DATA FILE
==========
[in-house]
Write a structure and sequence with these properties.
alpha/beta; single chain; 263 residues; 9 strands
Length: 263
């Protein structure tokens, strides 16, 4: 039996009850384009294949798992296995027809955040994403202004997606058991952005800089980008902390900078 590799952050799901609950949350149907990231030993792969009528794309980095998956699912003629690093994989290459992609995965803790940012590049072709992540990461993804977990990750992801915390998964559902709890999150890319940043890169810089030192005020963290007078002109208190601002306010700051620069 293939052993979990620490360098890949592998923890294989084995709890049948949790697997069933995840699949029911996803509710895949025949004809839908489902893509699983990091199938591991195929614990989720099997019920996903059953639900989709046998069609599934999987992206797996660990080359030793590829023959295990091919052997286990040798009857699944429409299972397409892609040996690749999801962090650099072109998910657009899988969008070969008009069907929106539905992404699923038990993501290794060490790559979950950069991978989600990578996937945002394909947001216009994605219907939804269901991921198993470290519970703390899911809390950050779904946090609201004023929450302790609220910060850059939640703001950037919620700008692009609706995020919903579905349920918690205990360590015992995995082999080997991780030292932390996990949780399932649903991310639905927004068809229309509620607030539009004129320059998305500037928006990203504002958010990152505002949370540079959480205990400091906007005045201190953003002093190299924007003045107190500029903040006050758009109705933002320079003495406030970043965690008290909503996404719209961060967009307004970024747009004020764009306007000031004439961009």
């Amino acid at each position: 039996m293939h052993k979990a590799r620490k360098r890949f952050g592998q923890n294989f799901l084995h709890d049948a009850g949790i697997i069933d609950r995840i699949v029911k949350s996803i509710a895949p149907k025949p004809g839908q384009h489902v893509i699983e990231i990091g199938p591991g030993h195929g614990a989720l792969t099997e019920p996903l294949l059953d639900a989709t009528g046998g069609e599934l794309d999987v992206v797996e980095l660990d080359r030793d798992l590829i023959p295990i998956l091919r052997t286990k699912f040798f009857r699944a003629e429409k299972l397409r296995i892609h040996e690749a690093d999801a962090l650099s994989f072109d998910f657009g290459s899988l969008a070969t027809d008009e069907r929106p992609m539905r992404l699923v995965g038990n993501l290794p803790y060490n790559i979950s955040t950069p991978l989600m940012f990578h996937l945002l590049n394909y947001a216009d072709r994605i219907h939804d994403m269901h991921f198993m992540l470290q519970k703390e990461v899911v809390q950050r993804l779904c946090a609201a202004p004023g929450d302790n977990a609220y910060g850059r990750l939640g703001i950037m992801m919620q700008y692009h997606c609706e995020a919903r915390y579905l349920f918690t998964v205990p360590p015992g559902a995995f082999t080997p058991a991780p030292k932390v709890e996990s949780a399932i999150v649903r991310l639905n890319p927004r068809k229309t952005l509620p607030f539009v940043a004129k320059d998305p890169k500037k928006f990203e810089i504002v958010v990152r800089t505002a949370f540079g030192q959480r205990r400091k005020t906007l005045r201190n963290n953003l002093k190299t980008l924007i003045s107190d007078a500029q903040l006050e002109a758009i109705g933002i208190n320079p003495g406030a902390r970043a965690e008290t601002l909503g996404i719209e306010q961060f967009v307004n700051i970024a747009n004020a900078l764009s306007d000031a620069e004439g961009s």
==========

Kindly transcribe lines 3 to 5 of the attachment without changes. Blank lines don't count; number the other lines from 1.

alpha/beta; single chain; 263 residues; 9 strands
Length: 263
């Protein structure tokens, strides 16, 4: 039996009850384009294949798992296995027809955040994403202004997606058991952005800089980008902390900078 590799952050799901609950949350149907990231030993792969009528794309980095998956699912003629690093994989290459992609995965803790940012590049072709992540990461993804977990990750992801915390998964559902709890999150890319940043890169810089030192005020963290007078002109208190601002306010700051620069 293939052993979990620490360098890949592998923890294989084995709890049948949790697997069933995840699949029911996803509710895949025949004809839908489902893509699983990091199938591991195929614990989720099997019920996903059953639900989709046998069609599934999987992206797996660990080359030793590829023959295990091919052997286990040798009857699944429409299972397409892609040996690749999801962090650099072109998910657009899988969008070969008009069907929106539905992404699923038990993501290794060490790559979950950069991978989600990578996937945002394909947001216009994605219907939804269901991921198993470290519970703390899911809390950050779904946090609201004023929450302790609220910060850059939640703001950037919620700008692009609706995020919903579905349920918690205990360590015992995995082999080997991780030292932390996990949780399932649903991310639905927004068809229309509620607030539009004129320059998305500037928006990203504002958010990152505002949370540079959480205990400091906007005045201190953003002093190299924007003045107190500029903040006050758009109705933002320079003495406030970043965690008290909503996404719209961060967009307004970024747009004020764009306007000031004439961009």